Follow hashtags that are important to you and your industry. By following these hashtags, you'll find out who are the thought leaders out there on the subject, and you can begin to engage.
After you follow someone, comment on their posts or retweet them. This is a natural way to break the ice and create a new connection.
If you really want to deep-dive into Twitter, consider posting a live video or even a poll. Polls are a great way to get people talking and engaged on a topic of your choosing.
Facebook can be a little bit trickier for professional networking, with most people preferring to use Facebook as their personal social media. Still, you'll find that many people also follow their favorite businesses there.
Don't underestimate personal (rather than professional) connections. Look through your “People You May Know” section and see if there are any friends out there that you don't have as a FB friend. Add them and say hi. If they aren't working in your industry, chances are they know someone who does or they know someone who knows someone — you get the drift.
Go live. Find a topic that is timely and fun and post a live video where you show off what you can do or what you know. It's a great way to engage with other FB users. Just don't forget to promote the video for a week or two beforehand so people know it's coming.
Photos are a wonderful way to engage an audience, and that's what Instagram is all about. While you should keep it fun, you can also sneak in some professional networking if you try.
Much like Twitter, you can follow people you admire on Instagram and comment on their photos to start a connection. You can also use and follow hashtags to connect with others who have similar interests.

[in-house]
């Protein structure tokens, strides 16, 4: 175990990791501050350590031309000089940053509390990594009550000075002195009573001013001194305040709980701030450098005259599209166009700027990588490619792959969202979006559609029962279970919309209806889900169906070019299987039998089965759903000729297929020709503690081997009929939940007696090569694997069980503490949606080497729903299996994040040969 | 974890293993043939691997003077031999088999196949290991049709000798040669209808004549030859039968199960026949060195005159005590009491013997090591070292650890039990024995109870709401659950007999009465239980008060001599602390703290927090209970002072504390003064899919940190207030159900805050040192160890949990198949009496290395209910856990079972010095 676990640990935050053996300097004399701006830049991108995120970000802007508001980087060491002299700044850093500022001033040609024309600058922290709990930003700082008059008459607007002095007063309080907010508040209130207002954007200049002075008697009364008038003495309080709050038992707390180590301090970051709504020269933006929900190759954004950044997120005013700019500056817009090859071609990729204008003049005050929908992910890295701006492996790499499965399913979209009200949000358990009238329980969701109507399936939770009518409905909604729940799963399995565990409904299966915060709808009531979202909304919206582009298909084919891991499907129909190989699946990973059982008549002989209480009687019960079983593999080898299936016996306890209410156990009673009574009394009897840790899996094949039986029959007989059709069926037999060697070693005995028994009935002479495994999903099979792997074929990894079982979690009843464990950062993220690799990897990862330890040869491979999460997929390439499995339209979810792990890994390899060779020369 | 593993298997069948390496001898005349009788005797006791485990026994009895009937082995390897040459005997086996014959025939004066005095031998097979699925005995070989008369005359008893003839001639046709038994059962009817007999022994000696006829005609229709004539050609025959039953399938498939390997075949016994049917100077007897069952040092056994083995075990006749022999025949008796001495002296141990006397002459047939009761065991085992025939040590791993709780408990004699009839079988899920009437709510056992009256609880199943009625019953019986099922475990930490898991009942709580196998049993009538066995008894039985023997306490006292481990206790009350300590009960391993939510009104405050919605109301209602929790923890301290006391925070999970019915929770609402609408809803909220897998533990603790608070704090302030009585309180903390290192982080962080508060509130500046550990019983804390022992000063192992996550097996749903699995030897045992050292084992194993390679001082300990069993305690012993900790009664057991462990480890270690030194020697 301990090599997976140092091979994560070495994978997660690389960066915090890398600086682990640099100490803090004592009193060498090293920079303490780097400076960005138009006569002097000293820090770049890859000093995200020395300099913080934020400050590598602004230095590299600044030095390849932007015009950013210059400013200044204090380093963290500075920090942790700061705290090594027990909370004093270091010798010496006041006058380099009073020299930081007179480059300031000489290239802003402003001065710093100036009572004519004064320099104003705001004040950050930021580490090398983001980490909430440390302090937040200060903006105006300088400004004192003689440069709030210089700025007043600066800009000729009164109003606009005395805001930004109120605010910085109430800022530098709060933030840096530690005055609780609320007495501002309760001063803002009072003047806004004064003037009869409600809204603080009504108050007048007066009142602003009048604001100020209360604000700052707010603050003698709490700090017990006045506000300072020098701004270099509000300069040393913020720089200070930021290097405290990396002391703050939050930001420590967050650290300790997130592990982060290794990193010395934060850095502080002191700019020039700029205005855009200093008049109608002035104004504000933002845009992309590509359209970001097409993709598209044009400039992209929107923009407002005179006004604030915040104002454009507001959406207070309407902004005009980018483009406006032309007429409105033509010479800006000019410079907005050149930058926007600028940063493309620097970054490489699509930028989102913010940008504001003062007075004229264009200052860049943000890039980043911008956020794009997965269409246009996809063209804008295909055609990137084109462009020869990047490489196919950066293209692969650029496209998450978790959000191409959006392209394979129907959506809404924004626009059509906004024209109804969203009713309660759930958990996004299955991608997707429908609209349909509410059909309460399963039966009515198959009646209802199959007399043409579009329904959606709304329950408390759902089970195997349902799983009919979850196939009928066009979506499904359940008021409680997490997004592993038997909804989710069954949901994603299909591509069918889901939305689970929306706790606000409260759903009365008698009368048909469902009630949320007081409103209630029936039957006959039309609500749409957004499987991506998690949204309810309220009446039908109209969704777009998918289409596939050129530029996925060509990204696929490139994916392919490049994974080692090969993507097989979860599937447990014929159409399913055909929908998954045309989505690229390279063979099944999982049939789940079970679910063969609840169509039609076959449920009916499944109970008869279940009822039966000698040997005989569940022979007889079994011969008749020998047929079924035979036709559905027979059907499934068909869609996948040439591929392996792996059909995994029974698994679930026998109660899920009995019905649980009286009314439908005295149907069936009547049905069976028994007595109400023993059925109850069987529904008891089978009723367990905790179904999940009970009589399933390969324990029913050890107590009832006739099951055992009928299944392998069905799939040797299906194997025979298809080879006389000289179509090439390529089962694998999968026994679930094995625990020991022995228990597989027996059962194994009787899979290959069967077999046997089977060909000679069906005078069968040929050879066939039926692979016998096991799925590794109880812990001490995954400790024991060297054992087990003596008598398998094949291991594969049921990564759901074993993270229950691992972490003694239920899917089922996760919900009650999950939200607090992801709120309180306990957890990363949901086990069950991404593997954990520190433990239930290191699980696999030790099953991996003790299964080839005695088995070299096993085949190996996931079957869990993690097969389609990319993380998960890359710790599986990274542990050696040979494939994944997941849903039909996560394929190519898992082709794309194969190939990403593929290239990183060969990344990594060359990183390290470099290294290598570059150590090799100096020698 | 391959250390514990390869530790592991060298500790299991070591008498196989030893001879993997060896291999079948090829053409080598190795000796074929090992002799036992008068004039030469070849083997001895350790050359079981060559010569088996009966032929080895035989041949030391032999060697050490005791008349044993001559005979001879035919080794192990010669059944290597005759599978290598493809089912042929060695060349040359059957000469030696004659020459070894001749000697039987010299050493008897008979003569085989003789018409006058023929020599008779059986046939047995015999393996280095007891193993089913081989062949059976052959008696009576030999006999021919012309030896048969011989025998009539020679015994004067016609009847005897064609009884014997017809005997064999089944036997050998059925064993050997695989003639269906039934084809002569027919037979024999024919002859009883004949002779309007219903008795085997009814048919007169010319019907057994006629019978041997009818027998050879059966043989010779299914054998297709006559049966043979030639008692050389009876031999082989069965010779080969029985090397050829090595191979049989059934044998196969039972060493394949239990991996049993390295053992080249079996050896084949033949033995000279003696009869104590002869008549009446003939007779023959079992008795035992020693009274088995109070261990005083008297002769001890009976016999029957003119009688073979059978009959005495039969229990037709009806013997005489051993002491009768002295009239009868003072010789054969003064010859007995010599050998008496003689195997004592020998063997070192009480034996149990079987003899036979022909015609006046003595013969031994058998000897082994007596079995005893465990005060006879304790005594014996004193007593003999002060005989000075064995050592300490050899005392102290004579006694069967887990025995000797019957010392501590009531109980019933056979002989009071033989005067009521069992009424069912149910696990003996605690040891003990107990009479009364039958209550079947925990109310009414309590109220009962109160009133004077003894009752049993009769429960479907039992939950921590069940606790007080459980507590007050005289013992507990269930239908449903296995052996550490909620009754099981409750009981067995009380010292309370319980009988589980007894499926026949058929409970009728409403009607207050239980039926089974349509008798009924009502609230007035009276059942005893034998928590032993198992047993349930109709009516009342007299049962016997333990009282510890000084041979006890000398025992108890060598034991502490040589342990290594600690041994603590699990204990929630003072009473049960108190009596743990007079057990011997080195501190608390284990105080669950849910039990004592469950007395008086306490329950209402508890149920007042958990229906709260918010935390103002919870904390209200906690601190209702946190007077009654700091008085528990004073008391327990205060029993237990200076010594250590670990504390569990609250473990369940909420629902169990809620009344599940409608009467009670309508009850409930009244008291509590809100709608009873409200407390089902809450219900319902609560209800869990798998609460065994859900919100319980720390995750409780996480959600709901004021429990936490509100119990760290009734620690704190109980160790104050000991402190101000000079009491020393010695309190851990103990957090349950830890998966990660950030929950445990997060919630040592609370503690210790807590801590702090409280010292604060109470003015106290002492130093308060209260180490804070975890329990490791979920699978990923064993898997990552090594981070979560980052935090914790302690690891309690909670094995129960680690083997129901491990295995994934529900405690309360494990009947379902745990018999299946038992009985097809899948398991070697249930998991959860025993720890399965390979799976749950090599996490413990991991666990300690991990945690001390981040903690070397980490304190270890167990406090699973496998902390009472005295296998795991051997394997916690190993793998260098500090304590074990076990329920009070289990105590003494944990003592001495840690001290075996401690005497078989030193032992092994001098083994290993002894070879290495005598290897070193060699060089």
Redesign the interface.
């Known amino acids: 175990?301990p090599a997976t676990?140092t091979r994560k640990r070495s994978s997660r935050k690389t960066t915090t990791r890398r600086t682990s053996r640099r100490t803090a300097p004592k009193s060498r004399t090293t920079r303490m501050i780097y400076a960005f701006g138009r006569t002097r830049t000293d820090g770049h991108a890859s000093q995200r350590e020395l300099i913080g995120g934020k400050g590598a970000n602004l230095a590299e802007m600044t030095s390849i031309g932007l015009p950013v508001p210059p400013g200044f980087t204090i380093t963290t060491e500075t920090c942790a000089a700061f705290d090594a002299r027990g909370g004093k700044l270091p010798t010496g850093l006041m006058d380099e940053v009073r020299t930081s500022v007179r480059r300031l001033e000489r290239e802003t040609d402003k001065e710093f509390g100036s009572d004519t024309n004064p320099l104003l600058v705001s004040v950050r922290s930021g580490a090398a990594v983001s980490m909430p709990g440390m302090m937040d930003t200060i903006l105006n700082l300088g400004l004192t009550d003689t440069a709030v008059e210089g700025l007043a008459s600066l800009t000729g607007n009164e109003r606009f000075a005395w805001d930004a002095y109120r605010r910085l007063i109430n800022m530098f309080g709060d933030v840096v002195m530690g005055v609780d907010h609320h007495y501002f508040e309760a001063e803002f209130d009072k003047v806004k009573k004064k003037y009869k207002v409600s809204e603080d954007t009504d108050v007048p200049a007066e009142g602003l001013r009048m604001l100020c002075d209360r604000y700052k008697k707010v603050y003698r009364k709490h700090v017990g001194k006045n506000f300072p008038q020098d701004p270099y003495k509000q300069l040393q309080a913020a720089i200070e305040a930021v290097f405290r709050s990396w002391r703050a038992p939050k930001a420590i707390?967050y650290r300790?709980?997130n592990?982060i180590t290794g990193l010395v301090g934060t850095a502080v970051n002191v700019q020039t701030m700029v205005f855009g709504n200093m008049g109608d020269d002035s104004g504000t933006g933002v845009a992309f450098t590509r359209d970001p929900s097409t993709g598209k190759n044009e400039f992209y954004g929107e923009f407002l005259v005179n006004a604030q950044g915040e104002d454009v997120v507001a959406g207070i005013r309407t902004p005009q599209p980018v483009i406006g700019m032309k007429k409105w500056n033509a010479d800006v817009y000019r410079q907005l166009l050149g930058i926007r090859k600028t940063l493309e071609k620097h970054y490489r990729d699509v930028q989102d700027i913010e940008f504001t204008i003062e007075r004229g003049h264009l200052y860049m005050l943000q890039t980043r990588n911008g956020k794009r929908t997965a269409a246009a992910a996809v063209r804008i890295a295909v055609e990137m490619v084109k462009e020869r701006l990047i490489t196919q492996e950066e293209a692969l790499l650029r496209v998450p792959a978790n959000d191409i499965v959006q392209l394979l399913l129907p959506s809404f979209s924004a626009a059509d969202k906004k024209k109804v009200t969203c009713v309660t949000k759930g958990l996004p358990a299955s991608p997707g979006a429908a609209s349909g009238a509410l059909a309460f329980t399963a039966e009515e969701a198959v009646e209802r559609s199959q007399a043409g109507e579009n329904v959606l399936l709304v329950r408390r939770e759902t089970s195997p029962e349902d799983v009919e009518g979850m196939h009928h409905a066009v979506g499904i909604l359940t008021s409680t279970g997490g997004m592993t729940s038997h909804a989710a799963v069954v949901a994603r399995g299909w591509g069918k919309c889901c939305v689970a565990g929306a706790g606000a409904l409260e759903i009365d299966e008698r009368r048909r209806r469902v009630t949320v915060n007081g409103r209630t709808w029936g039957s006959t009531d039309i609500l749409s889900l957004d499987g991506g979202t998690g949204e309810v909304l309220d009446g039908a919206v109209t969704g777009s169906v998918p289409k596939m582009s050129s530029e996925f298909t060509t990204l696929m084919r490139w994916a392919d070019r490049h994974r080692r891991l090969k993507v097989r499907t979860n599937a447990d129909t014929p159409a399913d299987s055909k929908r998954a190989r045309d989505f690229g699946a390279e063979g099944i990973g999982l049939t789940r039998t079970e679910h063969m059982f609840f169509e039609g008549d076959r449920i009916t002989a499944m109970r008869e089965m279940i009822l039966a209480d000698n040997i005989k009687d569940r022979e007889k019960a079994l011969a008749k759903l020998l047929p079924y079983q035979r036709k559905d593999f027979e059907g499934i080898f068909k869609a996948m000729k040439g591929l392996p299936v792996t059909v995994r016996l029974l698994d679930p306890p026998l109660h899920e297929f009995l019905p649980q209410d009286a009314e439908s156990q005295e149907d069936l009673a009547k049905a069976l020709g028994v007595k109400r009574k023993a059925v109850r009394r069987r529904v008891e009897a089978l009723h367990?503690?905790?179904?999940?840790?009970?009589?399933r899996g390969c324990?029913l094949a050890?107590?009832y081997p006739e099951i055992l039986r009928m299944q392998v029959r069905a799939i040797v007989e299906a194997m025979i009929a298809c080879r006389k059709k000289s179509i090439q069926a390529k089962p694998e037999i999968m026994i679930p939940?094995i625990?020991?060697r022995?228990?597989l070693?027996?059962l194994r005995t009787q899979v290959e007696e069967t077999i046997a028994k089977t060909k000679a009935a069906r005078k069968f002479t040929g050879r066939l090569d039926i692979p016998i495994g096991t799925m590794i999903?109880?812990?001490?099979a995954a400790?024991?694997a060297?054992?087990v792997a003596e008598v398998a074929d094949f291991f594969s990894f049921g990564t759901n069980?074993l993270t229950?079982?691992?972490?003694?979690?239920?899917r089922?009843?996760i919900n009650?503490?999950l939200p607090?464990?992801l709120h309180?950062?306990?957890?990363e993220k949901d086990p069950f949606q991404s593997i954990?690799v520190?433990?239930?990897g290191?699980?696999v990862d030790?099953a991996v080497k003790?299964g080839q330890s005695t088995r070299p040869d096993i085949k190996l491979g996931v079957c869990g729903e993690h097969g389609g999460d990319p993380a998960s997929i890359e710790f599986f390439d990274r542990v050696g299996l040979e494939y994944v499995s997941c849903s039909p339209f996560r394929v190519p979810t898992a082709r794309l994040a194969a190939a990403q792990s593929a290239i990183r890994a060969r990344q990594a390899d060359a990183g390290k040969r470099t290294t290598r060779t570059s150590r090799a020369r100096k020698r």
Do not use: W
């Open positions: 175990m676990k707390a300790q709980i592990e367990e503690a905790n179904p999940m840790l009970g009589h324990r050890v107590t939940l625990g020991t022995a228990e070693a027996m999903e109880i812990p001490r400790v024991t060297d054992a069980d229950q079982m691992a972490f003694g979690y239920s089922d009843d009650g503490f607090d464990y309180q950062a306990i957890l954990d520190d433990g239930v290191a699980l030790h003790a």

Always keep comments professional and polite. If you're looking to establish a professional connection, avoid commenting on factors that don't have to do with your industry or work aspirations, like physical appearance. While you might think it's a harmless compliment, it's better to avoid it altogether.
Master the informational interview
One of the best skills you can hone during this time is conducting informational interviews. An informational interview is just what it sounds like; it's gathering information.
Whether you're looking for information on a particular company or job, you can accomplish a lot just by finding someone online who is on the inside and then asking the right questions: What is the company culture like? What's your favorite part of the job?
The beauty of the informational interview is that it doesn't have to feel like an interview. Think of it as a conversation instead.
Grab a cup of (virtual) coffee
Just because you're social distancing doesn't mean you can't have a coffee date — just make it a virtual coffee date. Who do you invite? Here are some ideal candidates:
That new connection: Have you made a new connection that you've never met in person? Meet over Zoom, or a similar platform, for a cup of joe and get to know each other. It's a low-pressure way to kick off that new relationship.
That old connection: Is there a person you've been connected to forever who you've lost touch with lately? A virtual coffee date is a great way to reconnect.
A customer: Do you have a client or customer who is a champion for your business? Set up a virtual coffee chat to get to know them better. Find out what keeps them coming back to your business, and perhaps even offer them a perk once things return to normal (or whatever the new normal will be).
Your boss: Why not reach out to your direct boss or someone else who's up the ladder from you at your company? This is a good chance to get to know them a little better while putting yourself on their professional radar.
When you do a virtual coffee date, it should be a light, casual experience. Keep it fun, but still use the opportunity to build your professional relationships.
Stay in touch
Once you've made the effort to reach out and build your network virtually, don't let that effort go to waste. If you don't hear back from some of the people you are reaching out to within a week or so, follow up with them.
The ones that go really well deserve a revisit, too. Did you have a great conversation or coffee date? Send a thank-you message, or wait a bit and see if they want to do it again.
Believe it or not, many people may be more interested in networking right now than ever before. As we all do our best to social distance, we still crave interactions with others who share our interests and our goals. So, take this time to make some new connections and build a stronger professional network to keep your career moving forward during these uncertain times.